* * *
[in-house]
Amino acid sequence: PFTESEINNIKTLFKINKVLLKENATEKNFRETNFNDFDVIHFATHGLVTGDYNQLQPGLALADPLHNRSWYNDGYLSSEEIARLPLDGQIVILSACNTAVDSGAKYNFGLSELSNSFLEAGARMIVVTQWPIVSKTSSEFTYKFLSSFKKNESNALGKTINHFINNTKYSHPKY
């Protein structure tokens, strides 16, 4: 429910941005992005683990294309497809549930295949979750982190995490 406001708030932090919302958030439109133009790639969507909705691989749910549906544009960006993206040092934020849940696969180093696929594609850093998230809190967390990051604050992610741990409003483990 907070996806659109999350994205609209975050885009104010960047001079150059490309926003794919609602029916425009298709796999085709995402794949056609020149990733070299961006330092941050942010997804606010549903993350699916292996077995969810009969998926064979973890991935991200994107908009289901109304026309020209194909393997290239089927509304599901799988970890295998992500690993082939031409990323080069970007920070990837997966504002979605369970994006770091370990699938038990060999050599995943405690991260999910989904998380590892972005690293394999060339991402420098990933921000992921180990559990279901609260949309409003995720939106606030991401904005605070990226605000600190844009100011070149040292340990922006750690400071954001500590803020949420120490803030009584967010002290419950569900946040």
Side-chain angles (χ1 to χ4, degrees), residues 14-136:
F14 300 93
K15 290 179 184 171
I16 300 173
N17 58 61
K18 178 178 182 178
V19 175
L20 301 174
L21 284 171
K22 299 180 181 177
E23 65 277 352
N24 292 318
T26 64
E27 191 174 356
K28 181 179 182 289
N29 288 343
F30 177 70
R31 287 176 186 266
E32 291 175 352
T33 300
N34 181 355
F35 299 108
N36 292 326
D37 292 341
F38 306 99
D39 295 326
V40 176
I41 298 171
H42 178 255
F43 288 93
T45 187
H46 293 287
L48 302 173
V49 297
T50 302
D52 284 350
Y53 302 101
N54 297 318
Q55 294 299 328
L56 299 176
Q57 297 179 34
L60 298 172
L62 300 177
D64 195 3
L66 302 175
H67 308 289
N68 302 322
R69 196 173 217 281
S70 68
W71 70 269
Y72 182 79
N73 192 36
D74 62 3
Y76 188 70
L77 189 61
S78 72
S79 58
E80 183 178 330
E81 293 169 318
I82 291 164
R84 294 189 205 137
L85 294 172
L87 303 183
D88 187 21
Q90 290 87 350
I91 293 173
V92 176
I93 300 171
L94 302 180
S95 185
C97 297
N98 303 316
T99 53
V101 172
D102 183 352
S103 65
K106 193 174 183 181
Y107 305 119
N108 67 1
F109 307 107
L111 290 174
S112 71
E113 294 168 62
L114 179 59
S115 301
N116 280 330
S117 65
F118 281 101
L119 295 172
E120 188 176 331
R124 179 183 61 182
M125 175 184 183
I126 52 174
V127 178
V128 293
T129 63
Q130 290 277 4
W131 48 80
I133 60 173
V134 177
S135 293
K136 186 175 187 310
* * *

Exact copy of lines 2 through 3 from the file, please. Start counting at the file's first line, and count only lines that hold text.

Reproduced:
Amino acid sequence: PFTESEINNIKTLFKINKVLLKENATEKNFRETNFNDFDVIHFATHGLVTGDYNQLQPGLALADPLHNRSWYNDGYLSSEEIARLPLDGQIVILSACNTAVDSGAKYNFGLSELSNSFLEAGARMIVVTQWPIVSKTSSEFTYKFLSSFKKNESNALGKTINHFINNTKYSHPKY
């Protein structure tokens, strides 16, 4: 429910941005992005683990294309497809549930295949979750982190995490 406001708030932090919302958030439109133009790639969507909705691989749910549906544009960006993206040092934020849940696969180093696929594609850093998230809190967390990051604050992610741990409003483990 907070996806659109999350994205609209975050885009104010960047001079150059490309926003794919609602029916425009298709796999085709995402794949056609020149990733070299961006330092941050942010997804606010549903993350699916292996077995969810009969998926064979973890991935991200994107908009289901109304026309020209194909393997290239089927509304599901799988970890295998992500690993082939031409990323080069970007920070990837997966504002979605369970994006770091370990699938038990060999050599995943405690991260999910989904998380590892972005690293394999060339991402420098990933921000992921180990559990279901609260949309409003995720939106606030991401904005605070990226605000600190844009100011070149040292340990922006750690400071954001500590803020949420120490803030009584967010002290419950569900946040």